Sources for "organic material"

I have a problematic backyard. It's basically two inches of topsoil on top of at least two feet of clay. It's also flat as a pancake and lower than my neighbors' yards. Every spring it turns into a swamp. I need three or four days of dry weather before I can even attempt to mow it, which is not much of a problem because nothing grows there very well except nettles.
I'm planning on getting a big load of topsoil to "dome" it, but I really need to do something about the clay. They say the best thing to do with clay soil is to work "organic material" into the clay. The most readily available organic material ( that I don't produce myself! ) is mulch, basically wood chips. I would much rather go with some kind of compost. Where does one go to find a truck load of compost?
BTW, I live in SE Michigan, if that helps.
Thanks, Ven Hawkins
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In our area, at the landfill. They receive "green waste" seperately, chip/shred it, compost it, and sell it for something like $15 per truck load.
steve
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Be careful about "compost". You don't want it to contain grass clippings from a lawn that has been treated with weed killers because it will affect the garden where you will apply it. Pre-emergent weed killers could cause your a newly seeded lawn to fail. Also, wood chips consume a lot of nitrogen in order to decay. But nitrogen is needed for plants to produce "green".
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On Thu, 27 May 2004 15:23:42 GMT, "William W. Plummer"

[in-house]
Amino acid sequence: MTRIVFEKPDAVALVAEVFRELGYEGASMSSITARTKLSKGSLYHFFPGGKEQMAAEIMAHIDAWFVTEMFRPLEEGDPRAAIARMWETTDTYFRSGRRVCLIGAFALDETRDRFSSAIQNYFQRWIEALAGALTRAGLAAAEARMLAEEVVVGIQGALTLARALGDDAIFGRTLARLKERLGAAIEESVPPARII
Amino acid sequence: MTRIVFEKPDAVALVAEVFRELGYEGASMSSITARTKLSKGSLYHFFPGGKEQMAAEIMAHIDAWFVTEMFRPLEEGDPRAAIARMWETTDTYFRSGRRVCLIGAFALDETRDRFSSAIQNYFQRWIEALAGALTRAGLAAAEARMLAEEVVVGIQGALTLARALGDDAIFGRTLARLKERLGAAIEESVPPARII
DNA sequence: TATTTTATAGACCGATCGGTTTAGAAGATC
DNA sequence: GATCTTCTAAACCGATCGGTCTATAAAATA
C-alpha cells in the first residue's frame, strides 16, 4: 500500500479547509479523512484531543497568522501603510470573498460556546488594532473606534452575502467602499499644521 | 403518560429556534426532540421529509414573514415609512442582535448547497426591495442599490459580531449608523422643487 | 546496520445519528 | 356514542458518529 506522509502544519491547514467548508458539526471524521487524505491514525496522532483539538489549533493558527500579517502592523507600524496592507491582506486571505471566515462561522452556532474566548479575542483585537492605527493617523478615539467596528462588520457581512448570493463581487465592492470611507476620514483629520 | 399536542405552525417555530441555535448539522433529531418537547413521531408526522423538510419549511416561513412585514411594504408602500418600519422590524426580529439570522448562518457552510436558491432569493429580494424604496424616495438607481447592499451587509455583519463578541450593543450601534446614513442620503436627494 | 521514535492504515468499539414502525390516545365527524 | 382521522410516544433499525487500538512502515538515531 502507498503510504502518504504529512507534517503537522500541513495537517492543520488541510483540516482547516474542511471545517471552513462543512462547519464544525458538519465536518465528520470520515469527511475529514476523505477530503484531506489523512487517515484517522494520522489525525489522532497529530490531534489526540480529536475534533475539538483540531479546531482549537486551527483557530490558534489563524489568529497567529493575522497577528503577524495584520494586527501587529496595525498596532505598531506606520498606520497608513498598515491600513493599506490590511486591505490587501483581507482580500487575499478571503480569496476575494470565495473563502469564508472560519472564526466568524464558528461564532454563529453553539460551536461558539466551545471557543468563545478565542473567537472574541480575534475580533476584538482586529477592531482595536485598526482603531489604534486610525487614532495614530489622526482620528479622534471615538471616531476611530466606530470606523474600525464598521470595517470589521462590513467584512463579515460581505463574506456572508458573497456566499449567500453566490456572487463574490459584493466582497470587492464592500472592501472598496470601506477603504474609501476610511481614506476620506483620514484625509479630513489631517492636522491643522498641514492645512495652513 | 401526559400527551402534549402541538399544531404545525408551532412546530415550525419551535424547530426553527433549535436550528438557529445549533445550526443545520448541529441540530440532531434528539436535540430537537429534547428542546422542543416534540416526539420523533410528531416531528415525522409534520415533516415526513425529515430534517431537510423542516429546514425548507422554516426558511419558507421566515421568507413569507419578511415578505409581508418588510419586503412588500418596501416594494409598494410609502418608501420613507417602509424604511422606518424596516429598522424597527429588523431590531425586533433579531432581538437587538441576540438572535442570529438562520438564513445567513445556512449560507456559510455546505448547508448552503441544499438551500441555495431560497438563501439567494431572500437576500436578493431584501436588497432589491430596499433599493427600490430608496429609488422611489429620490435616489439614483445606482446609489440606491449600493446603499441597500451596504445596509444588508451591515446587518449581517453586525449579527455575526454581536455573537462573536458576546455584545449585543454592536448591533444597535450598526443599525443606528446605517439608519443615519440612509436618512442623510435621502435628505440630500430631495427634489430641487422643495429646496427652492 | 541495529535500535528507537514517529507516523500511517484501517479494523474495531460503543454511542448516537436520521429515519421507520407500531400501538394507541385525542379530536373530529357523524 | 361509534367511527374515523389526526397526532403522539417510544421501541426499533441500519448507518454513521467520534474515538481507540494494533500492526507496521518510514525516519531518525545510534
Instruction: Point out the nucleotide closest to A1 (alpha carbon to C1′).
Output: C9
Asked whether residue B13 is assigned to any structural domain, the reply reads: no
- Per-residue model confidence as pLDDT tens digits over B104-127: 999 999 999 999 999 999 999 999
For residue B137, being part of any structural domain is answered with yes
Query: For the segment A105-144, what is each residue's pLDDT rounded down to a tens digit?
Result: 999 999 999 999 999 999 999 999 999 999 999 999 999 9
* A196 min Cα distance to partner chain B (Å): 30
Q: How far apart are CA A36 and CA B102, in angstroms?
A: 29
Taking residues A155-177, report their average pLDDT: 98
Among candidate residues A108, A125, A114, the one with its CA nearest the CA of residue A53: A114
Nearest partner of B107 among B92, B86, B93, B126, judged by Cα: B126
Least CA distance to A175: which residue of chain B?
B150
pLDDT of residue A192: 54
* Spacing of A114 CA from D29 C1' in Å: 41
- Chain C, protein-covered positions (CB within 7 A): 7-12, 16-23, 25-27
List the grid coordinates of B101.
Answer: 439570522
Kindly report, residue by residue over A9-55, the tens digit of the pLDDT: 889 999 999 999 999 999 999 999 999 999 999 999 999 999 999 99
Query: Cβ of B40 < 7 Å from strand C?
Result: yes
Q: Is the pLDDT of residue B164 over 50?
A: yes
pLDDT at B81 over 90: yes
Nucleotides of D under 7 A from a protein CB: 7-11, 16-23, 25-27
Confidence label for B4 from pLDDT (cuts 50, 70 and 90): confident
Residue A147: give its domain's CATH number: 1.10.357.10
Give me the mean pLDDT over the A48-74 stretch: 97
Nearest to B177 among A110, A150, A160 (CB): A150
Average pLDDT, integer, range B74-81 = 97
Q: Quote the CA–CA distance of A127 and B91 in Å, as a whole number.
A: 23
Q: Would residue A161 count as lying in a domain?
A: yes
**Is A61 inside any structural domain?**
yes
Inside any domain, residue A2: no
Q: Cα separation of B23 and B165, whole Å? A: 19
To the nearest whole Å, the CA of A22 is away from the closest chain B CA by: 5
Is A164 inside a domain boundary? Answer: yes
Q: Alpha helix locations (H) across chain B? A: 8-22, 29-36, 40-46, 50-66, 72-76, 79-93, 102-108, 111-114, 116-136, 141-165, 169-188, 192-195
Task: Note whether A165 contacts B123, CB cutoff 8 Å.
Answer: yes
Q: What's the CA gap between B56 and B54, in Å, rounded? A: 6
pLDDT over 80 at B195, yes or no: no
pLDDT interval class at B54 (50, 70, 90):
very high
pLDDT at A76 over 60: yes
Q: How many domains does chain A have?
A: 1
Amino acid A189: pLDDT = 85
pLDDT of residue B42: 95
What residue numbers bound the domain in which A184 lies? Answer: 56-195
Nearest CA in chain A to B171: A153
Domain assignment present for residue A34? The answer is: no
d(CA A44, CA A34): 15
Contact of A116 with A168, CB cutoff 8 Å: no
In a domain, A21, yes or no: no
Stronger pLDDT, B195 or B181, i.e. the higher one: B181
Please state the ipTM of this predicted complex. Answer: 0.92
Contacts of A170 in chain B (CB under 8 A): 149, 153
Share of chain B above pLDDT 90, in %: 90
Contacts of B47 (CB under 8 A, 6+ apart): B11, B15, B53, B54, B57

Won't the 'composting' action kill off the effectivness of 'weed killers' Even without the composting action, the weed killers I use seem to only work for a few months.
just asking,
tom
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I don't know, Tom, but I have been cautioned about it. You might ask an expert like Paul Parent. Here's the composting section of his web site: http://www.paulparent.com/seed/composting.html He takes calls on the radio on Sunday mornings from 6AM to 10AM and appears at various garden centers in New England on the afternoons.
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On Thu, 27 May 2004 18:52:45 GMT, "William W. Plummer"

Cool site. I like the list of do compost and don't compost. Kinda "Stupid Easy" :)
later,
tom
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How about your local Agway? Many can direct you to someone who has the stuff in great big piles (or they may have it themselves, especially this time of year). For example a nursery/farm a few miles away was where I got my 10 yards of "stuff" just like you want for about a hundred bucks. It was a blend of composted cow manure, seafood compost (im in Maine, what else?), loam, and sawdust(Maine again). The Agway up the road was working on such a pile at the time with several piles of raw ingredients and a backhoe. Take a look around farm country, I'm sure you'll find something you can till into that clay.
good luck and remember to have fun
cj